The 1047 acre Stream, Riparian and Wetland Bank will provide credits for an area spanning north of  Rawlins, Wyoming.   The bank will provide credits to offset impacts to palustrine emergent wetlands, riverine wetlands, stream channels, and riparian areas. Prior to THI’s assessment of the property in 2012, the ranch had been used exclusively for cattle grazing and hay production.  As a result of the practices, the stream banks and buffers as well as wetlands had been destroyed or significantly degraded.  Approved plans include restoration of these resources using sustainable techniques and the long-term conservation of these restored resources.

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State of the Markets CoverTrout Headwaters, in conjunction with the National Mitigation Banking Association is pleased to release its annual “State of the Markets” Report for 2014 showing trends in Wetland Mitigation Banking over the period from 2000-2013 with updated data provided by the U.S. Army Corps of Engineers.  This concise report is available only to THI clients and partners interested in the latest statistics and trends for the growing industry.  To request a copy by email info@troutheadwaters.com

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A recent report from The U.S. Fish and Wildlife Service (USFWS) provides a detailed glimpse into the positive economic impacts resulting from environmental restoration activities. The Partners for Fish and Wildlife (PFW) program has contributed $18.6 million to local economies, leveraging $142 million with partner contributions, for a combined total of $161 million spent on PFW program projects. “For every dollar spent by the PFW and Coastal Programs, $7 to $9 of restoration work is happening on the ground,” according to the report.

Looking at only at a single year (FY 2011) for example, the “total economic stimulus created by the PFW program amounted to $292 million in output and 3,500 new jobs” notes the report.

>Read the report http://www.fws.gov/home/pdfs/restoration-returns.pdf

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PhotobyDennisGrether

 

 

 

 

 

From our friend and reader Dennis Grether comes this photo from north of Tucson, AZ  of a grand, tall saguaro cactus and a red fox that he found (and photographed) in its top. “I couldn’t quite figure out why he was there,” says Grether,  although the fox stayed most of the day.  “The next morning, he was gone.”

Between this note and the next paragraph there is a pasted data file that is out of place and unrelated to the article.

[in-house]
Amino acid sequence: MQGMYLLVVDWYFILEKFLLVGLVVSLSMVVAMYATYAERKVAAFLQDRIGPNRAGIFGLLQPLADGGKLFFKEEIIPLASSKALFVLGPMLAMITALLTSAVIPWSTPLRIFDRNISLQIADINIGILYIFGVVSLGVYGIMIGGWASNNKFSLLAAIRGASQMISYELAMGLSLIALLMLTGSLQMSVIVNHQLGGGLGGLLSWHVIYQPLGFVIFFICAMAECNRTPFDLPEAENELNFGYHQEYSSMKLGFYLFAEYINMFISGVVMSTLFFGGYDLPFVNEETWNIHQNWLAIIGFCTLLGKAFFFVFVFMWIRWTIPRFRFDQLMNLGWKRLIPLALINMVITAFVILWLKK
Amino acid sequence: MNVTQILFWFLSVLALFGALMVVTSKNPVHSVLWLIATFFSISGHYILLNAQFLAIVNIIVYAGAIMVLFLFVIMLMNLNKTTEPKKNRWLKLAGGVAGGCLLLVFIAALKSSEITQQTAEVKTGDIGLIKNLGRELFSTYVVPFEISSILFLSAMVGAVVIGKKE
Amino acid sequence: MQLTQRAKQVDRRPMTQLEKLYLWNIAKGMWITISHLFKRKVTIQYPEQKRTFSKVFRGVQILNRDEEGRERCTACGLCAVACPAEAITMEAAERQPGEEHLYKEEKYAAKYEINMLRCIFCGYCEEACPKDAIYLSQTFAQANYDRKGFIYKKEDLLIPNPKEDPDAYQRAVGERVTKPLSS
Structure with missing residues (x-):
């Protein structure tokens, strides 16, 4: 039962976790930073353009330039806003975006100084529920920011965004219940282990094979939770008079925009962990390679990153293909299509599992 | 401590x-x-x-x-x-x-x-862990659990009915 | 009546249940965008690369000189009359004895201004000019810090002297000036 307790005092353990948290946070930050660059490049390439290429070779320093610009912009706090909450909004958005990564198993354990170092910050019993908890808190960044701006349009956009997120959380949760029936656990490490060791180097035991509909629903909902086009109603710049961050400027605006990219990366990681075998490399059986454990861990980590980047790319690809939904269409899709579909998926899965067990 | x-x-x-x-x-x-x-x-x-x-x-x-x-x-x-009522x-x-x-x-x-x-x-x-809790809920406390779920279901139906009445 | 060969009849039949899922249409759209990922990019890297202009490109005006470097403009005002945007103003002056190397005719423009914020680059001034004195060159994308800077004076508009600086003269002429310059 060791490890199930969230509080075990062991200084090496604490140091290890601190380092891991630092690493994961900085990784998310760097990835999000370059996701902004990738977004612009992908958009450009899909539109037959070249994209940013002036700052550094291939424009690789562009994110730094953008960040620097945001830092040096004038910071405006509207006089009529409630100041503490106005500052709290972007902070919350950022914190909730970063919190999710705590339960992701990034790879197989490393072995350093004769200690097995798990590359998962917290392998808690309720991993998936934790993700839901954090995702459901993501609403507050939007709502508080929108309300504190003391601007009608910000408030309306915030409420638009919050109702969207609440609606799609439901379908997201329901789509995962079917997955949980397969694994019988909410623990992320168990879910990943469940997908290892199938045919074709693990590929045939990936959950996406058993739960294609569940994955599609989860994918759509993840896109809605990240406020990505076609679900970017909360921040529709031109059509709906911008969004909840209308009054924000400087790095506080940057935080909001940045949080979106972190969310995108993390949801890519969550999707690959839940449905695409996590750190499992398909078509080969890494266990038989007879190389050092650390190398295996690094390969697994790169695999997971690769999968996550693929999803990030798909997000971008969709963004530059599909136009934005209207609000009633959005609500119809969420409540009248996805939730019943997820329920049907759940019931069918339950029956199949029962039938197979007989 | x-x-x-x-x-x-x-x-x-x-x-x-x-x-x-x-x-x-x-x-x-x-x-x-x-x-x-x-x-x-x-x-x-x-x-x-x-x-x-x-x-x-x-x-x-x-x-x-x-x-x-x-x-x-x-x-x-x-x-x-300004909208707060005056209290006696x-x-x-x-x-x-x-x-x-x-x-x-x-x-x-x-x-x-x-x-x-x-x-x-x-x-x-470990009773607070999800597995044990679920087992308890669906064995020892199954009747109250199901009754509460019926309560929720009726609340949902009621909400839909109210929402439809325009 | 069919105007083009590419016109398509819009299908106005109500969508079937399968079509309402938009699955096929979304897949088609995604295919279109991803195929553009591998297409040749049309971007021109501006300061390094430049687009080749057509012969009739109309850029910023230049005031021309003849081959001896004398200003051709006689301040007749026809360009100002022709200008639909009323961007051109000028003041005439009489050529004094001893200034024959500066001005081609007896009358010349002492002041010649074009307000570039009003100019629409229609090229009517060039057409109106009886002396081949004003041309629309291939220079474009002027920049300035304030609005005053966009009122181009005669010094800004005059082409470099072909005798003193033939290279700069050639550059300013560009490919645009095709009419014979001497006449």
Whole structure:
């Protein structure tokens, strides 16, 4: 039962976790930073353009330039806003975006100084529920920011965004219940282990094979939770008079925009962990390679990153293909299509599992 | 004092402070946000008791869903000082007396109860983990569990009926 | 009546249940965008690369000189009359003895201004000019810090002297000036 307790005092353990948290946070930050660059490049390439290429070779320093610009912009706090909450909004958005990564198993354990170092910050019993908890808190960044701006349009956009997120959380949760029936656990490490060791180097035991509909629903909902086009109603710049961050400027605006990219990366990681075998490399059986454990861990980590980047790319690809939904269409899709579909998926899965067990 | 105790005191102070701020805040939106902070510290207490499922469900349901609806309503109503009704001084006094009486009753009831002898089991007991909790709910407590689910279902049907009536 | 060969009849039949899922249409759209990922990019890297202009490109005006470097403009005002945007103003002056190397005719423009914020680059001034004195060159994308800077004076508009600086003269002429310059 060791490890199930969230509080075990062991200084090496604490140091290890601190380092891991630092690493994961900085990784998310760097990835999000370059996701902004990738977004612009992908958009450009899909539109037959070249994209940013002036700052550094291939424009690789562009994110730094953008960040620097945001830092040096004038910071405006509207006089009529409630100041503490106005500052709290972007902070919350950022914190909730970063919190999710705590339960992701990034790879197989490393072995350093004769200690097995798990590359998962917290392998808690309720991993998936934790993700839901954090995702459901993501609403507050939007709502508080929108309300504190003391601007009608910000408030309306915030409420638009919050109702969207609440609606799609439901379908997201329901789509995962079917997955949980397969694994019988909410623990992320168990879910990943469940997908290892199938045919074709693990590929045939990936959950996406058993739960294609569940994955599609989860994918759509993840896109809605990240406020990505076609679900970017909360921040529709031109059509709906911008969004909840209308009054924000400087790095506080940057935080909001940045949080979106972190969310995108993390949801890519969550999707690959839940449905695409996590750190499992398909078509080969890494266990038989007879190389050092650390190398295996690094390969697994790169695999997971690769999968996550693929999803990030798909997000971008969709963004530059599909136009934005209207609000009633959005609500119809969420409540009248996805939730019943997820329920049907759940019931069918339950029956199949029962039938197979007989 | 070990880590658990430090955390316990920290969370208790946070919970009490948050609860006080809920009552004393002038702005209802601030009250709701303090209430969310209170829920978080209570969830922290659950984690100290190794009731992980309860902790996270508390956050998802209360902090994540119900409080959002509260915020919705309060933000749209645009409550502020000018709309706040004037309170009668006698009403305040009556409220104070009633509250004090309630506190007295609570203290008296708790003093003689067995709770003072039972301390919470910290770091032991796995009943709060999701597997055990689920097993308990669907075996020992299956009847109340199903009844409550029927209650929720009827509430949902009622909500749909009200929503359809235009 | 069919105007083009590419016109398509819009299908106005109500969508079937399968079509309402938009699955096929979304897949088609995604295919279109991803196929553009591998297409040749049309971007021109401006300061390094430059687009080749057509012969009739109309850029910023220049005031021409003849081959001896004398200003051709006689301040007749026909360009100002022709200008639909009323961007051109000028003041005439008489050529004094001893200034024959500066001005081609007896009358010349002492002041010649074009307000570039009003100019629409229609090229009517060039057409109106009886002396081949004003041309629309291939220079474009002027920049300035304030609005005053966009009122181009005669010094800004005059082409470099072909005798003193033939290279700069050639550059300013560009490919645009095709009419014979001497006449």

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The half-hour documentary “Water: The Lifeblood of Energy” from Prairie Public Broadcasting describes the connection between water and energy and how cities and utilities across the western United States are using combinations of collaboration, conservation, and new technology to squeeze more use out of every precious drop.

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Status-and-Trends-of-Wetlands-in-the-Conterminous-United-States-2004-to-2009_Page_001With the 2013 release of trend data for U.S. wetlands (with apparent delay) came concerning statistics about the nations vanishing wetland resources.   This report does not draw conclusions regarding trends in the quality or condition of the Nation’s wetlands, rather focusing on wetland areas and extents.  The report discloses estimated net losses of more than 60,000 acres in the years 2004- 2009 and signals reason for continued concern with implementation of the nation’s requirement for ‘no net loss.’

The report notes: “The cumulative effects of losses in the freshwater system have had consequences for hydrologic and ecosystem connectivity. In certain regions, profound reductions in wetland extent have resulted in habitat loss, fragmentation, and limited opportunities for reestablishment and watershed rehabilitation.”

Further examination of wetland condition on the national level has been initiated by the Environmental Protection Agency in conjunction with the Fish and Wildlife Service and other Federal, State and Tribal partners.

>Read the Full Report

http://www.fws.gov/wetlands/Documents/Status-and-Trends-of-Wetlands-in-the-Conterminous-United-States-2004-to-2009.pdf